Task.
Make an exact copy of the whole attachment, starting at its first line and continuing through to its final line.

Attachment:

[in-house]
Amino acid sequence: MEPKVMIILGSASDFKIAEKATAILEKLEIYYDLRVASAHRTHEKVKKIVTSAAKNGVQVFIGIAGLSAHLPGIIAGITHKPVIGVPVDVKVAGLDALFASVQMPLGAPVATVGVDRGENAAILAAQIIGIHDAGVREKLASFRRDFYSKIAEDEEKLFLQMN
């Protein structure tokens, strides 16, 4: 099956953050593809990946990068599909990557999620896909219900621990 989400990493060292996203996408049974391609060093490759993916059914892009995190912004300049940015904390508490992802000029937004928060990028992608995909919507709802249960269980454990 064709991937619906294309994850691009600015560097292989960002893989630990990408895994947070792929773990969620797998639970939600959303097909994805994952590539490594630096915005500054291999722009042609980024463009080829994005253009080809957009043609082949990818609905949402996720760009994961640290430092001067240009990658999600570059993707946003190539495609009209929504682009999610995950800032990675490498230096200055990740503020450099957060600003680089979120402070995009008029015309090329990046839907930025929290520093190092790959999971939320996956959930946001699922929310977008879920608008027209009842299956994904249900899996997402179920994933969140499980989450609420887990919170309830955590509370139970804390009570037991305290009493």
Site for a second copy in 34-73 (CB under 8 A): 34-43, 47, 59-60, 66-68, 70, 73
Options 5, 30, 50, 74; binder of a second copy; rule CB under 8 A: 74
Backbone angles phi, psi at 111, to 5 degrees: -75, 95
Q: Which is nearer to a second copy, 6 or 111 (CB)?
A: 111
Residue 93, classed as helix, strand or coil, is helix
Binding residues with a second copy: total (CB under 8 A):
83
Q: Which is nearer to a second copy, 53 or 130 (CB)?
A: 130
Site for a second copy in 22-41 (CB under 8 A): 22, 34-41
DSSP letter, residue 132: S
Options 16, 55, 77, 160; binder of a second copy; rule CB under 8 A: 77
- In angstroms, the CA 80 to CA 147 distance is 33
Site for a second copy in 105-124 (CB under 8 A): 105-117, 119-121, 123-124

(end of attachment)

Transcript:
[in-house]
Amino acid sequence: MEPKVMIILGSASDFKIAEKATAILEKLEIYYDLRVASAHRTHEKVKKIVTSAAKNGVQVFIGIAGLSAHLPGIIAGITHKPVIGVPVDVKVAGLDALFASVQMPLGAPVATVGVDRGENAAILAAQIIGIHDAGVREKLASFRRDFYSKIAEDEEKLFLQMN
């Protein structure tokens, strides 16, 4: 099956953050593809990946990068599909990557999620896909219900621990 989400990493060292996203996408049974391609060093490759993916059914892009995190912004300049940015904390508490992802000029937004928060990028992608995909919507709802249960269980454990 064709991937619906294309994850691009600015560097292989960002893989630990990408895994947070792929773990969620797998639970939600959303097909994805994952590539490594630096915005500054291999722009042609980024463009080829994005253009080809957009043609082949990818609905949402996720760009994961640290430092001067240009990658999600570059993707946003190539495609009209929504682009999610995950800032990675490498230096200055990740503020450099957060600003680089979120402070995009008029015309090329990046839907930025929290520093190092790959999971939320996956959930946001699922929310977008879920608008027209009842299956994904249900899996997402179920994933969140499980989450609420887990919170309830955590509370139970804390009570037991305290009493």
Site for a second copy in 34-73 (CB under 8 A): 34-43, 47, 59-60, 66-68, 70, 73
Options 5, 30, 50, 74; binder of a second copy; rule CB under 8 A: 74
Backbone angles phi, psi at 111, to 5 degrees: -75, 95
Q: Which is nearer to a second copy, 6 or 111 (CB)?
A: 111
Residue 93, classed as helix, strand or coil, is helix
Binding residues with a second copy: total (CB under 8 A):
83
Q: Which is nearer to a second copy, 53 or 130 (CB)?
A: 130
Site for a second copy in 22-41 (CB under 8 A): 22, 34-41
DSSP letter, residue 132: S
Options 16, 55, 77, 160; binder of a second copy; rule CB under 8 A: 77
- In angstroms, the CA 80 to CA 147 distance is 33
Site for a second copy in 105-124 (CB under 8 A): 105-117, 119-121, 123-124